2018-2019 Human Rights Graduate Research Grant Recipients

2018-2019 Human Rights Graduate Research Grant Recipients

Grace FeltenGrace Felten, MSW, Doctoral Candidate UCONN School of Social Work 

The Gendered Dimensions of Forced Migration: Using Greece as a Case Study to Examine How Displacement Impacts the Health of Women and Girls and the Structural Factors That Create These Conditions

An unprecedented influx of refugees have entered Greece from Turkey over the past several years, due in part to the civil war in Syria. Since the EU-Turkey agreement regarding interdiction of refugees at sea and the closing of the Balkan land borders, thousands of forced migrants are stranded in Greece while they apply for asylum. Greece, still recovering from the financial collapse and historically a transit country, does not have the infrastructure with which to host them while observing their human rights. People are living in overcrowded state-run camps or in makeshift camps (squats). Unfortunately, during forced migration, women and girls face a disproportionate threat to their health due to issues related to reproductive health and gender inequality. Sexual and gender-based violence increase, as does maternal mortality, human trafficking, and child marriage.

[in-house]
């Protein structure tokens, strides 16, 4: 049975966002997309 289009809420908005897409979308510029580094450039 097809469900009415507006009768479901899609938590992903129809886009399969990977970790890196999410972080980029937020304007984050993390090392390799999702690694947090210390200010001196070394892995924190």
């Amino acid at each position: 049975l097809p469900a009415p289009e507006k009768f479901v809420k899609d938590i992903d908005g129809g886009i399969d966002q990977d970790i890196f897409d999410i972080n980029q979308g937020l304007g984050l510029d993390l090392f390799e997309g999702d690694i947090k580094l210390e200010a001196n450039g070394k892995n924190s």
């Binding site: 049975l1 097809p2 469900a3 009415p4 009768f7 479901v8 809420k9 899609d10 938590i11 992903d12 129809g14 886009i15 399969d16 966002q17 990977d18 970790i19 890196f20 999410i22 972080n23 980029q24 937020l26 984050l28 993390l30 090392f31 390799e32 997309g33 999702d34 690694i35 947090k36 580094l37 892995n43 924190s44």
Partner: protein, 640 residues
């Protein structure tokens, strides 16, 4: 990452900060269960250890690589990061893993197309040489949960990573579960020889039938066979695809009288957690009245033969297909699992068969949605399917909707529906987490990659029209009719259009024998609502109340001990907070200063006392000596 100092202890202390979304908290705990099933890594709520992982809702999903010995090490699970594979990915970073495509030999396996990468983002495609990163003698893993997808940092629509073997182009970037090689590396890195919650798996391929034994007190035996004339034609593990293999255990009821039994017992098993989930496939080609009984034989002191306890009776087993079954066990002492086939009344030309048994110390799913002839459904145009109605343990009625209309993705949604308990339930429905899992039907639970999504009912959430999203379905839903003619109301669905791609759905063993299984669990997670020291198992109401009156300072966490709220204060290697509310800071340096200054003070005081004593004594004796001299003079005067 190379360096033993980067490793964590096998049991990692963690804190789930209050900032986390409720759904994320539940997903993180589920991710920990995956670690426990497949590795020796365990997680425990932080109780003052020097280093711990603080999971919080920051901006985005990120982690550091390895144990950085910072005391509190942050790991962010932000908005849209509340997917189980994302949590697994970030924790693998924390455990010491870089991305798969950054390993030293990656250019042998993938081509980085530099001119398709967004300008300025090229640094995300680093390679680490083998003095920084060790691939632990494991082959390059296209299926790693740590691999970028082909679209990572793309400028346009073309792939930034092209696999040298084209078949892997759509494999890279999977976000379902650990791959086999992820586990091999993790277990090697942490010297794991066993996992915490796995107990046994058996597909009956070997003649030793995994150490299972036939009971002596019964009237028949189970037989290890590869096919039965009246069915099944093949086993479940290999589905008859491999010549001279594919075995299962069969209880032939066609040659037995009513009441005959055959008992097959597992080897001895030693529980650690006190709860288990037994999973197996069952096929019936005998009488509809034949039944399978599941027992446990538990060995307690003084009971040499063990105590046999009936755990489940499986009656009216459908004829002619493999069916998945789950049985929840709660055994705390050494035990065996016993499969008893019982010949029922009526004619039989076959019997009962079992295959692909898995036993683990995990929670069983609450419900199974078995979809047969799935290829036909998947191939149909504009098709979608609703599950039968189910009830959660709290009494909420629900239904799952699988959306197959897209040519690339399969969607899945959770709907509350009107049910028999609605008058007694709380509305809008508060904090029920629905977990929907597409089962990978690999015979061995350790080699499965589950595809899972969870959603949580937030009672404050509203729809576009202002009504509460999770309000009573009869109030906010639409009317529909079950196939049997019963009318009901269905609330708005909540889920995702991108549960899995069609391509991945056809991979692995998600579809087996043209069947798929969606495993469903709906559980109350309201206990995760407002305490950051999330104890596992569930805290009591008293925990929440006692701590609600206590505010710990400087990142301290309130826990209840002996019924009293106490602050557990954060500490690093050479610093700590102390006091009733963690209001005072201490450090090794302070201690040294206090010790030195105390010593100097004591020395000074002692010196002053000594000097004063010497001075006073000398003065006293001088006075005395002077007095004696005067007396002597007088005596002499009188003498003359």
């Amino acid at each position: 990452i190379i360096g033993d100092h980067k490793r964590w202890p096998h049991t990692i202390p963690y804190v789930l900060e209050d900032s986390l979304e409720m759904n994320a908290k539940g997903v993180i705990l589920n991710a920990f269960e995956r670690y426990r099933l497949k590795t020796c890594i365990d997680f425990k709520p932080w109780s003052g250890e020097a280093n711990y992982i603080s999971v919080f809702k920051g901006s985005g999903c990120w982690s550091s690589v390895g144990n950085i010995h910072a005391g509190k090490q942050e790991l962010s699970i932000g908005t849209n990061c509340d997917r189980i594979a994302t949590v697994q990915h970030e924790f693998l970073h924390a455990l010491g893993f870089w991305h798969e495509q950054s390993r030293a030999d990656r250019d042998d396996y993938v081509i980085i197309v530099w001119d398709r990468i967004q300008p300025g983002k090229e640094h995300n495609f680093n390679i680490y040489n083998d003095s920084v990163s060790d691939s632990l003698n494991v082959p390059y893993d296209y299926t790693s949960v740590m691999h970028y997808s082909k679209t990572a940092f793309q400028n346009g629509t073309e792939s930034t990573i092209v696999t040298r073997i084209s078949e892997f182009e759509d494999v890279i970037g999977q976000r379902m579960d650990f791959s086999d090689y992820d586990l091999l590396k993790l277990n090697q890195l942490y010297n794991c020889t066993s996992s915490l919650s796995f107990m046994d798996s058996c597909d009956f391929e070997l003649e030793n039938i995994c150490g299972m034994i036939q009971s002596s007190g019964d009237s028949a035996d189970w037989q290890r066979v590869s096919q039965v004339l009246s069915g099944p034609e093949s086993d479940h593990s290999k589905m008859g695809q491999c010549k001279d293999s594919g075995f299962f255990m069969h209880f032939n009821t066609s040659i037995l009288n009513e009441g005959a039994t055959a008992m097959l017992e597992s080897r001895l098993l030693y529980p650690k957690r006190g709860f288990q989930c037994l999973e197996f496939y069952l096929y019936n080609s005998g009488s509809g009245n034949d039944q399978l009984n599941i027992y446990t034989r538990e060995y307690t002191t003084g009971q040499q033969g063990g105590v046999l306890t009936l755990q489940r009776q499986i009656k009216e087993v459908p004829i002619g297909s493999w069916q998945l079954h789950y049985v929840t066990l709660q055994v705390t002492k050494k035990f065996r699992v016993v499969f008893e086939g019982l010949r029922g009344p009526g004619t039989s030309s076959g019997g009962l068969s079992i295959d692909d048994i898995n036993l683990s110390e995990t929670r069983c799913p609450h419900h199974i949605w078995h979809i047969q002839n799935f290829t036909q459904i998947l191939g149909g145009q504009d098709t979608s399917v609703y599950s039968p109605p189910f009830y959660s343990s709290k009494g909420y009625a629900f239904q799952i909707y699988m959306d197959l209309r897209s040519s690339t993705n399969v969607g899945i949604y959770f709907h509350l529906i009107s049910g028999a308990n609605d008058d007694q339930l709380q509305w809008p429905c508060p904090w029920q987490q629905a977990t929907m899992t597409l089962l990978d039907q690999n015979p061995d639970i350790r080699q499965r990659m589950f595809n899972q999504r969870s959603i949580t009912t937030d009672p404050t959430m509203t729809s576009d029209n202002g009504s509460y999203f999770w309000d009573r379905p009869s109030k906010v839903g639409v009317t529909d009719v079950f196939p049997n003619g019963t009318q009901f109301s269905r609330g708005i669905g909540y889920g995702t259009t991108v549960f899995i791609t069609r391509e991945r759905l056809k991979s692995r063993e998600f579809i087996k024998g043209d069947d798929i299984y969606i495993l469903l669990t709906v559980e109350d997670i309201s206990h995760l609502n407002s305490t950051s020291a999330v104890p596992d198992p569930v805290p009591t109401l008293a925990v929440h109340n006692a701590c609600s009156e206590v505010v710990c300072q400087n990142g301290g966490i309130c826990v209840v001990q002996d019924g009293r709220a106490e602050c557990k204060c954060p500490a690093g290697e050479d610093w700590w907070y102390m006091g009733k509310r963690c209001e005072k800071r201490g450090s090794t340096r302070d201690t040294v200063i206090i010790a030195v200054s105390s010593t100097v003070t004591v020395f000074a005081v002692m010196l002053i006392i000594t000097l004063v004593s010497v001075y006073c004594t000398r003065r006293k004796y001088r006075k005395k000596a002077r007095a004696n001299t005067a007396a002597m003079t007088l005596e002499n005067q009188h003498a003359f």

This research project uses a gendered lens to understand the myriad of experiences women and girls have had during displacement and how their health – especially reproductive health – has been impacted. It also explores the larger structural forces that have created or influenced their displacement and living conditions. Using the situation in Greece as a case study, it examines the role of governments, NGOs, and volunteers in the humanitarian response. This research builds upon preliminary dissertation research conducted in the summer of 2018 conducting qualitative interviews with humanitarian staff and volunteers working with refugees in Greece. The project will now be expanded to interview refugees as well as additional staff and volunteers.

Cynthia Melendez, PhD Candidate, Department of Literature, Cultures, and LanguagesCynthia Melendez

Queer archives, and the construction of queer memory in Peru